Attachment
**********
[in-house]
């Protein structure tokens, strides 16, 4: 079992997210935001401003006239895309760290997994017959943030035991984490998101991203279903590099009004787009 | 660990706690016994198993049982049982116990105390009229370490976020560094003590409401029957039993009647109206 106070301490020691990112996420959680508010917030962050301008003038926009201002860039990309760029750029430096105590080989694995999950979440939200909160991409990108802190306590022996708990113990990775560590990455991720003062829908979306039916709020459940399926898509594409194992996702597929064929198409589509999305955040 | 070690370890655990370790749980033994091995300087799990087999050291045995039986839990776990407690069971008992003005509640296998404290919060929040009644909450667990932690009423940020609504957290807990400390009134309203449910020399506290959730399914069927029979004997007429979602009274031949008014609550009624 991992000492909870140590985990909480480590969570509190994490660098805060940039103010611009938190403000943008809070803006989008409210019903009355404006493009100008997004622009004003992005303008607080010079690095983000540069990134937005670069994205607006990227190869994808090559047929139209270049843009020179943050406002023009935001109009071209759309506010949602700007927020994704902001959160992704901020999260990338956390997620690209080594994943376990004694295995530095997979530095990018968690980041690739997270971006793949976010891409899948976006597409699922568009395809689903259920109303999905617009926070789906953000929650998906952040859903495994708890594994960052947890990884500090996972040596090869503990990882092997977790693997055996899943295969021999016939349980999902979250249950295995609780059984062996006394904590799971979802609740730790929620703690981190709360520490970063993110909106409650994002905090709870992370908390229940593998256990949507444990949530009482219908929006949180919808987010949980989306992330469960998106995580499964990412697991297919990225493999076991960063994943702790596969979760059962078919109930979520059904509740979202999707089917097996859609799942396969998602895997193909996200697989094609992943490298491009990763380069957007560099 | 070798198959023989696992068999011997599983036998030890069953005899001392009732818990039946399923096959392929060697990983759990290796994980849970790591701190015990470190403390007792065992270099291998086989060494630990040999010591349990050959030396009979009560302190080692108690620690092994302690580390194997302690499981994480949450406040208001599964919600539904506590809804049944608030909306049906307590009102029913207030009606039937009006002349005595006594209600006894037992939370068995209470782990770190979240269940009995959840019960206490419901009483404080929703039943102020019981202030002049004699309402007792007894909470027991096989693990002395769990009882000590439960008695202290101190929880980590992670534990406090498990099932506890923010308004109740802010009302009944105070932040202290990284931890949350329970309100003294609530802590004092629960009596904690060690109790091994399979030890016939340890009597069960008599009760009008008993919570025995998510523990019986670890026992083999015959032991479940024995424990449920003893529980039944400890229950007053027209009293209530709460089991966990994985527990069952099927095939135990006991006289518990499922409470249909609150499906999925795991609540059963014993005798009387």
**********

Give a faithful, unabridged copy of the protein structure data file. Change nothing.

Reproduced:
[in-house]
């Protein structure tokens, strides 16, 4: 079992997210935001401003006239895309760290997994017959943030035991984490998101991203279903590099009004787009 | 660990706690016994198993049982049982116990105390009229370490976020560094003590409401029957039993009647109206 106070301490020691990112996420959680508010917030962050301008003038926009201002860039990309760029750029430096105590080989694995999950979440939200909160991409990108802190306590022996708990113990990775560590990455991720003062829908979306039916709020459940399926898509594409194992996702597929064929198409589509999305955040 | 070690370890655990370790749980033994091995300087799990087999050291045995039986839990776990407690069971008992003005509640296998404290919060929040009644909450667990932690009423940020609504957290807990400390009134309203449910020399506290959730399914069927029979004997007429979602009274031949008014609550009624 991992000492909870140590985990909480480590969570509190994490660098805060940039103010611009938190403000943008809070803006989008409210019903009355404006493009100008997004622009004003992005303008607080010079690095983000540069990134937005670069994205607006990227190869994808090559047929139209270049843009020179943050406002023009935001109009071209759309506010949602700007927020994704902001959160992704901020999260990338956390997620690209080594994943376990004694295995530095997979530095990018968690980041690739997270971006793949976010891409899948976006597409699922568009395809689903259920109303999905617009926070789906953000929650998906952040859903495994708890594994960052947890990884500090996972040596090869503990990882092997977790693997055996899943295969021999016939349980999902979250249950295995609780059984062996006394904590799971979802609740730790929620703690981190709360520490970063993110909106409650994002905090709870992370908390229940593998256990949507444990949530009482219908929006949180919808987010949980989306992330469960998106995580499964990412697991297919990225493999076991960063994943702790596969979760059962078919109930979520059904509740979202999707089917097996859609799942396969998602895997193909996200697989094609992943490298491009990763380069957007560099 | 070798198959023989696992068999011997599983036998030890069953005899001392009732818990039946399923096959392929060697990983759990290796994980849970790591701190015990470190403390007792065992270099291998086989060494630990040999010591349990050959030396009979009560302190080692108690620690092994302690580390194997302690499981994480949450406040208001599964919600539904506590809804049944608030909306049906307590009102029913207030009606039937009006002349005595006594209600006894037992939370068995209470782990770190979240269940009995959840019960206490419901009483404080929703039943102020019981202030002049004699309402007792007894909470027991096989693990002395769990009882000590439960008695202290101190929880980590992670534990406090498990099932506890923010308004109740802010009302009944105070932040202290990284931890949350329970309100003294609530802590004092629960009596904690060690109790091994399979030890016939340890009597069960008599009760009008008993919570025995998510523990019986670890026992083999015959032991479940024995424990449920003893529980039944400890229950007053027209009293209530709460089991966990994985527990069952099927095939135990006991006289518990499922409470249909609150499906999925795991609540059963014993005798009387």